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Talkin’ Tech: Wireless and Routing

July 21, 2011 - 1 Comment

Defining key terms for understanding the basics of the technology that keeps your small business connected

You probably rarely think about it, but every time you receive an email from a colleague who’s travelling or a request for information from a customer via your website, you have a router to thank for making that connection. Likewise, wireless routers let you access the company network from anywhere in the office, allowing you to be more productive. Routers are essential for keeping your company connected to your business partners, customers, and remote employees.

In this installment of our Talkin’ Tech series, we define key terms to help you understand the basics of wireless and routing. If there’s a term we didn’t include that you’d like defined, please let us know!

Wireless and Routing Glossary

  • 802.11n: Also referred to as “wireless-n,” 802.11n is a communications standard used by wireless routers and access points that provides increased speed (up to 600Mbps in some models), range, and reliable connectivity with less interference.
  • Dual-band: A router that operates in both the 2.4GHz and 5GHz communication bands. Selectable dual-band routers can operate in either the 2.4GHz or 5GHz band; simultaneous dual-band routers can operate in both bands at the same time.
  • Hybrid VPN: A virtual private network that supports two kinds of connection—Internet Protocol Security (IPsec) and Secure Sockets Layer (SSL).
  • Internet Protocol Security (IPsec): A protocol that provides secure access to a network by encrypting data traveling between an IPsec gateway installed on a router and an IPsec remote access client installed on a user’s laptop or smartphone. For example, with an IPsec VPN, you can have remote access to the entire network as if you are physically connected to it.
  • Internet Protocol version 6 (IPv6): The next-generation Internet protocol, IPv6 provides a unique 128-bit IP address for each device that connects to the Internet. Replacing the current IPv4 protocol, IPv6 allows a total of 340 billion, billion, billion addresses.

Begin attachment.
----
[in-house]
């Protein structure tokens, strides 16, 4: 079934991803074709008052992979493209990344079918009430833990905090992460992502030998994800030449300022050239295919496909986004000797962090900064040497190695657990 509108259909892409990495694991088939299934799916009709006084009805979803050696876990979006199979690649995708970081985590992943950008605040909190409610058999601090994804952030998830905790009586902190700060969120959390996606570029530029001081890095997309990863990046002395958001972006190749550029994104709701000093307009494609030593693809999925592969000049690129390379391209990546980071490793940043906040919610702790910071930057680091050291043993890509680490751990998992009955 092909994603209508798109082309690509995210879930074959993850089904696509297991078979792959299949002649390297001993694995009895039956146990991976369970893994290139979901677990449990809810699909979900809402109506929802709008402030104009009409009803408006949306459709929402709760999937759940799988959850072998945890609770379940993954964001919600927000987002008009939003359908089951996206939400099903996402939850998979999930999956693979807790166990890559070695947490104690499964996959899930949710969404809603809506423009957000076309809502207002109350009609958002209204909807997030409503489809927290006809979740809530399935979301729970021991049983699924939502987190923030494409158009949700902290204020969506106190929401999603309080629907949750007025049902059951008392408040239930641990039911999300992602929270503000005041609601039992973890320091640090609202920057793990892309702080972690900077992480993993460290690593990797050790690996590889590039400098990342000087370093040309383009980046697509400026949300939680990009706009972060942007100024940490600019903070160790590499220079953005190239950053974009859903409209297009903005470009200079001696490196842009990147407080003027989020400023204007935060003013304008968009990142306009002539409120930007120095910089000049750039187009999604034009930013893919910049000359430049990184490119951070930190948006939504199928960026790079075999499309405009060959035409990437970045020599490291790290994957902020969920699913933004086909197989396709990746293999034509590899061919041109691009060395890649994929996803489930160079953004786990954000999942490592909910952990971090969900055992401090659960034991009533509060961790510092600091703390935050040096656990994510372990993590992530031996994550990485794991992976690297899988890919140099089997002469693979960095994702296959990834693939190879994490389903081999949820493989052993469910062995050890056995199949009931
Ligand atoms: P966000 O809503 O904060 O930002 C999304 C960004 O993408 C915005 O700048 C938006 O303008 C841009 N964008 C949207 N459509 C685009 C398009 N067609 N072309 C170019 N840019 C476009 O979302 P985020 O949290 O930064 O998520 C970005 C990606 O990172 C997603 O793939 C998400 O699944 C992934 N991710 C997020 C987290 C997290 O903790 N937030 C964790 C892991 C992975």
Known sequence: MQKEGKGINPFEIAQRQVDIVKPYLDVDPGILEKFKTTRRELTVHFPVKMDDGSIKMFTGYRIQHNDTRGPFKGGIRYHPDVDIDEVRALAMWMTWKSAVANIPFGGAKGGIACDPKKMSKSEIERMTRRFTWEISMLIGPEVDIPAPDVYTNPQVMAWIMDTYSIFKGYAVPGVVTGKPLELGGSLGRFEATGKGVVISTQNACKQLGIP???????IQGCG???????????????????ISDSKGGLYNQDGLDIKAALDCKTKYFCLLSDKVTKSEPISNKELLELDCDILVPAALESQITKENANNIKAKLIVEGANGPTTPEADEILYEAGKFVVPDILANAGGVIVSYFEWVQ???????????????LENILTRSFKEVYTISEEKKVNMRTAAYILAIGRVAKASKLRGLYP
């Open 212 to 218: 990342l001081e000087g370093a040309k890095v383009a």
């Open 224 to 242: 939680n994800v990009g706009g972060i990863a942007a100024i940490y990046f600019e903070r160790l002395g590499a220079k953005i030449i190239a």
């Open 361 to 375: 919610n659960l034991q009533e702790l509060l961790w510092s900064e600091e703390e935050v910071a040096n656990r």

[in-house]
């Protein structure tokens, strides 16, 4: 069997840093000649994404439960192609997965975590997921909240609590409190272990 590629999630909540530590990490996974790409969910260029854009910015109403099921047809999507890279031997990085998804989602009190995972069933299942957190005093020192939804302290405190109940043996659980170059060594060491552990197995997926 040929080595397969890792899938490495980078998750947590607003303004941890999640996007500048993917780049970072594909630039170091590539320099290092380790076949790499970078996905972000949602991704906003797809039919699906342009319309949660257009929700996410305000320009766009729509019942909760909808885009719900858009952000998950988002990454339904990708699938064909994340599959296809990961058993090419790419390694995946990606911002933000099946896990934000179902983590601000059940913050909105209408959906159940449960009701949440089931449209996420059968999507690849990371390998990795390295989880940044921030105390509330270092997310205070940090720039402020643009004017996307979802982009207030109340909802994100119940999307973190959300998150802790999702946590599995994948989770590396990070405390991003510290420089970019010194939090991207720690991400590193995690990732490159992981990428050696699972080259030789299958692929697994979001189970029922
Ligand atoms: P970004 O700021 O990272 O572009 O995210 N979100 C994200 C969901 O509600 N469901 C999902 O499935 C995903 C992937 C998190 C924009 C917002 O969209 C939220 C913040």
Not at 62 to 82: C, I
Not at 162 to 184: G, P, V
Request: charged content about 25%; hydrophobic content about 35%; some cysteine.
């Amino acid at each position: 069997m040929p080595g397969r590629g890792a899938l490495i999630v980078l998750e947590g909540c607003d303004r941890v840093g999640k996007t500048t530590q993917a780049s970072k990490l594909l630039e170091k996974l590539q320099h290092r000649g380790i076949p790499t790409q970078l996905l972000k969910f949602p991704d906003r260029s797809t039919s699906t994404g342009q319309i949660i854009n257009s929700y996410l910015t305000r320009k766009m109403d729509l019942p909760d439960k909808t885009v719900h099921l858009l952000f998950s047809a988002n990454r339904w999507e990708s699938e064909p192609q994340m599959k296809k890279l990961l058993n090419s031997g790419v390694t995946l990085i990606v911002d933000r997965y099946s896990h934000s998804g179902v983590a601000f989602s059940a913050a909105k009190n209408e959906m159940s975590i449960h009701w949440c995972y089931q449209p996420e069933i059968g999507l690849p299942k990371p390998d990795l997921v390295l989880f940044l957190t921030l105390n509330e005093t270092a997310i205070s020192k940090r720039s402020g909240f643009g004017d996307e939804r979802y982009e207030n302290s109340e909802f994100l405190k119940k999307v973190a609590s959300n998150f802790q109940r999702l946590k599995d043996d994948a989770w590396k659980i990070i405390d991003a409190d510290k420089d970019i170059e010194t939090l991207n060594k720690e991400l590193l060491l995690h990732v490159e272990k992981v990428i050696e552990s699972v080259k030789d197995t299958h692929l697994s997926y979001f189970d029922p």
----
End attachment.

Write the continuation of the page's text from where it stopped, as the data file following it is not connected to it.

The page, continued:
• Wireless Router: a physical device that connects multiple wired or wireless networks together and can function as a network firewall as well as have an integrated access point for providing wireless connectivity to various wireless devices.
  • Quality of Service (QoS): Provides the ability to prioritize different kinds of network traffic, such as voice and video, so that quality isn’t affected by other traffic on the network.
  • Secure Sockets Layer (SSL): The most commonly used protocol for managing secure transmissions on the Internet. In a VPN environment, SSL allows users to securely access specific applications and services on the network via a web browser.
  • Service Set Identifier (SSID): Also referred to as “network name,” SSID is a unique 32-character identification for naming wireless networks and devices.
  • Single-band: A router that operates only in the 2.4GHz communication band.
  • Single WAN/Dual WAN: All wireless routers provide a single WAN port for connecting to the Internet. A dual-WAN router provides a second WAN port that will take over in the event the first WAN port fails, ensuring that connectivity to the Internet isn’t disrupted. In some routers, the second WAN port can be used as a DMZ port to connect to a web server or FTP server, providing an additional layer of security to a company’s LAN.
  • Virtual Private Network (VPN): A connection that uses encryption and authentication to create a private tunnel for protecting your data as it traverses the Internet, allowing secure access to network assets and data at remote locations.
  • Wireless access points: An intermediary device that exchanges information between wireless devices and a wireless LAN using Wi-Fi, Bluetooth, or other related standards.
  • Wireless LAN (WLAN): a network in which a mobile user can connect to a local area network (LAN) through a wireless (radio) connection.
  • Wireless LAN Controller: a hardware device that provides a single point of management for all of the access points in your network.

Stay tuned for the next installment of the Talkin’ Tech series the week of August 15 when we’ll take a look at the terms behind cloud computing.

Is there a technology category you’d like us to focus on in the future? Let us know!

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  1. Would work great on my new system.